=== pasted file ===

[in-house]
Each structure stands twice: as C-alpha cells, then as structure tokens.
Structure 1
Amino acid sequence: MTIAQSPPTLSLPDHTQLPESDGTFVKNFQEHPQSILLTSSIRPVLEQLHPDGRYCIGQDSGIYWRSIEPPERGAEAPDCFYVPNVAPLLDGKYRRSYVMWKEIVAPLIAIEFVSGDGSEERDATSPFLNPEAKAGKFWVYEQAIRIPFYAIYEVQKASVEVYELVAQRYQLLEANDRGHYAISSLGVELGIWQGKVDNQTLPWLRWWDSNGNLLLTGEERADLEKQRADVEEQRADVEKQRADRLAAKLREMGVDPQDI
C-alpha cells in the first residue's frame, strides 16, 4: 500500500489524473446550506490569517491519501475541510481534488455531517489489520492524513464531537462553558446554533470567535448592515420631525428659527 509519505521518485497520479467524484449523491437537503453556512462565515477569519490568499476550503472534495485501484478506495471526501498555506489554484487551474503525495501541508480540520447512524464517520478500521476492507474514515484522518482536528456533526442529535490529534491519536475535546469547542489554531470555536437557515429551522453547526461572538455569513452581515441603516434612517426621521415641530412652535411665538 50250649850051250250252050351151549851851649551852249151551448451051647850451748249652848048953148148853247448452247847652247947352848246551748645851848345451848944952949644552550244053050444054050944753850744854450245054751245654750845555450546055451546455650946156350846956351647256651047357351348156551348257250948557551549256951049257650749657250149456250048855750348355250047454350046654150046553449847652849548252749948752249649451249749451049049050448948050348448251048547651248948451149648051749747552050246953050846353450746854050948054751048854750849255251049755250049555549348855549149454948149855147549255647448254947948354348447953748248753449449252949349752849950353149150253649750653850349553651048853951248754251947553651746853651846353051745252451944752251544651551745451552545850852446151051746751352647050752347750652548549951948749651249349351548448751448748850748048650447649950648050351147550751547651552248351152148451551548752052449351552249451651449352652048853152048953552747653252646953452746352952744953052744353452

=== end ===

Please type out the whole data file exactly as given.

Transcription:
[in-house]
Each structure stands twice: as C-alpha cells, then as structure tokens.
Structure 1
Amino acid sequence: MTIAQSPPTLSLPDHTQLPESDGTFVKNFQEHPQSILLTSSIRPVLEQLHPDGRYCIGQDSGIYWRSIEPPERGAEAPDCFYVPNVAPLLDGKYRRSYVMWKEIVAPLIAIEFVSGDGSEERDATSPFLNPEAKAGKFWVYEQAIRIPFYAIYEVQKASVEVYELVAQRYQLLEANDRGHYAISSLGVELGIWQGKVDNQTLPWLRWWDSNGNLLLTGEERADLEKQRADVEEQRADVEKQRADRLAAKLREMGVDPQDI
C-alpha cells in the first residue's frame, strides 16, 4: 500500500489524473446550506490569517491519501475541510481534488455531517489489520492524513464531537462553558446554533470567535448592515420631525428659527 509519505521518485497520479467524484449523491437537503453556512462565515477569519490568499476550503472534495485501484478506495471526501498555506489554484487551474503525495501541508480540520447512524464517520478500521476492507474514515484522518482536528456533526442529535490529534491519536475535546469547542489554531470555536437557515429551522453547526461572538455569513452581515441603516434612517426621521415641530412652535411665538 50250649850051250250252050351151549851851649551852249151551448451051647850451748249652848048953148148853247448452247847652247947352848246551748645851848345451848944952949644552550244053050444054050944753850744854450245054751245654750845555450546055451546455650946156350846956351647256651047357351348156551348257250948557551549256951049257650749657250149456250048855750348355250047454350046654150046553449847652849548252749948752249649451249749451049049050448948050348448251048547651248948451149648051749747552050246953050846353450746854050948054751048854750849255251049755250049555549348855549149454948149855147549255647448254947948354348447953748248753449449252949349752849950353149150253649750653850349553651048853951248754251947553651746853651846353051745252451944752251544651551745451552545850852446151051746751352647050752347750652548549951948749651249349351548448751448748850748048650447649950648050351147550751547651552248351152148451551548752052449351552249451651449352652048853152048953552747653252646953452746352952744953052744353452